A behavior similar to the oscillatory dynamics of weak fountains has been revealed in pycnocline-like stratified fluids while modeling submerged wastewater outfall systems in the ocean (Troitskaya et al. 2008). Turbulent buoyant plumes discharged horizontally into oceanic saltwater gain vertical momentum due to their positive buoyancy while they propagate in the lower layer of stratification. At the same time, they are mixing intensively with the surrounding fluid owing to the turbulent entrainment. At the entrance to the pycnocline, these jets have density close to the density of the lower layer of stratification and a nonzero vertical momentum, thus forming fountains. These fountains are capable of generating internal waves in a pycnocline through their oscillations. This effect has been demonstrated experimentally, by means of laboratory-scale modeling of wastewater outfall systems, and later numerically (Druzhinin and Troitskaya 2012, 2013) both for laminar and turbulent fountains/jets in two-layer, stratified fluid with a thin pycnocline (i.e., in the presence of a rather sharp density jump compared to the jet diameter at the pycnocline entrance).

As mentioned earlier, fountains in a linear stratified fluid do not show pronounced oscillations, while fountains in a two-layer fluid are characterized by strong oscillations. Thus, in addition to the Reynolds and Froude number, with all these parameters taken in the vicinity of the pycnocline, the ratio of the pycnocline thickness to the jet diameter is expected to play an important role. Therefore, the aim of this paper is to understand the influence of the ratio “pycnocline thickness/jet diameter” on the dynamics of a turbulent fountain and on the generation of internal waves, using data from well-resolved, large-eddy simulation (LES). Since the pycnocline is subject to seasonal variability (Kamenkovich and Monin 1978; Knauss 2005; Stewart 2008), this ratio is expected to change throughout the year, making this a relevant question in oceanography.

Previous numerical investigations (Druzhinin and Troitskaya 2012, 2013) investigated a similar configuration but focused on a thin pycnocline in comparison to the jet diameter at the pycnocline entrance. However, field measurements and results of modeling employing nonhydrostatic general circulation models reveal that they are mostly of the same size (Sciascia et al. 2013; Troitskaya et al. 2008). In this paper, we compare jet dynamics in two different stratifications: one with a thin thermocline, analogous to Druzhinin and Troitskaya (2013), and the other with a thermocline thickness close to the jet diameter at the thermocline entrance. The latter case, for the thermocline Froude numbers 0.87–1.16, reproduces the conditions of laboratory experiments investigating the generation of internal waves by a turbulent jet (Ezhova et al. 2012). Note that the parameters of the jet at the entrance to the thermocline in the experiments matched the parameters of the laboratory-scale modeling of the real wastewater outfall system in winter conditions (Troitskaya et al. 2008). In summer, convection in the upper layer is weak, governed mainly by the surface wave breaking and mixing due to the wind; together with the increased temperature difference between upper and lower layers this results in the sharpening of the pycnocline and its moving closer to the surface. As a result, for the same source location, the radius of the jet at the pycnocline entrance increases and the vertical velocity decreases; some qualitative conclusions about the jet dynamics in these conditions can therefore be drawn from the present results for the thin thermocline and low Froude numbers.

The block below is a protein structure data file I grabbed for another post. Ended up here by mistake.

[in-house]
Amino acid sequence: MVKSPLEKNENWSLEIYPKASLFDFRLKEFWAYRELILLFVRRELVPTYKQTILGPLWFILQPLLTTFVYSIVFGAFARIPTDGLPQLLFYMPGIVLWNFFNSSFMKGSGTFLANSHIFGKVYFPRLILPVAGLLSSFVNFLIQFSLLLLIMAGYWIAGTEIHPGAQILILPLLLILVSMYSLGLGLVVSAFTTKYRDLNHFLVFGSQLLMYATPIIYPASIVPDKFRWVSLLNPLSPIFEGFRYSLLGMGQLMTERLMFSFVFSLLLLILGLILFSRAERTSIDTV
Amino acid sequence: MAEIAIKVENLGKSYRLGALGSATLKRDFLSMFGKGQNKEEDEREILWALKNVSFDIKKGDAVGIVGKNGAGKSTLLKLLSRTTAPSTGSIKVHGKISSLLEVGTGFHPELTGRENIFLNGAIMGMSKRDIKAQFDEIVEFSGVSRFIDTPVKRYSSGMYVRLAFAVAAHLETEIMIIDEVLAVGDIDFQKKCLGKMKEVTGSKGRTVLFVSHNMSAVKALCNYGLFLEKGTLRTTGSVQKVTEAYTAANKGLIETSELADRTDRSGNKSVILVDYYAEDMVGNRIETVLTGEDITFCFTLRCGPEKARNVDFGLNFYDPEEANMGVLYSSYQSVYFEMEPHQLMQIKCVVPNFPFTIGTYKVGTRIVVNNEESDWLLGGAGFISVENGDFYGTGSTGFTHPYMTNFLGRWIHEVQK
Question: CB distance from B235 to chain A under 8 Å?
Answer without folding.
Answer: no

The jet dynamics in the thermocline is relevant for turbulent mixing of the jet with the surrounding media. This important question has been before investigated for a jet in two-layer stratification with a density interface experimentally (Cotel et al. 1997; Lin and Linden 2005) and theoretically (Shrinivas and Hunt 2014, 2015). In this study, we investigate the mean flows in the thermocline and compare the entrainment flux of the jet in stratifications characterized by a finite thickness of the thermocline with the results of the theoretical model by Shrinivas and Hunt (2014).

The paper is organized as follows: Section 2 contains the relevant equations and a brief description of the LES model. The test case of a turbulent jet in a homogeneous medium is described, and the setup of the simulations for a stratified case is discussed. Section 3 is devoted to the results of the simulations: in the first part, we investigate the penetration height and turbulent entrainment of the jet in a stratified medium and discuss the dynamics of the jet in the thermocline. The generation of the internal waves is presented in the second part. Our conclusions are given in section 4.

## 2. Governing equations and numerical method

*D*

_{0}, the jet maximal inflow velocity

*U*

_{0}, and the temperature difference between the stratification layers Δ

*T*. Nondimensional coordinates

*x*

_{i}stand for

*x*,

*y*, and

*z*, and nondimensional velocity components

*u*

_{i}stand for

*u*

_{x},

*u*

_{y}, and

*u*

_{z}. We define the profile of stratification as

*T*

_{s}is the undisturbed temperature profile, and

*T*

_{0}is the temperature of the lower layer of stratification. The hydrostatic pressure component associated with

*p*in our system. We define the Reynolds number Re =

*U*

_{0}

*D*

_{0}/

*ν*; the Froude number

*g*′ =

*g*Δ

*ρ*/

*ρ*

_{0}≈

*ga*

_{T}Δ

*T*as the reduced gravity (here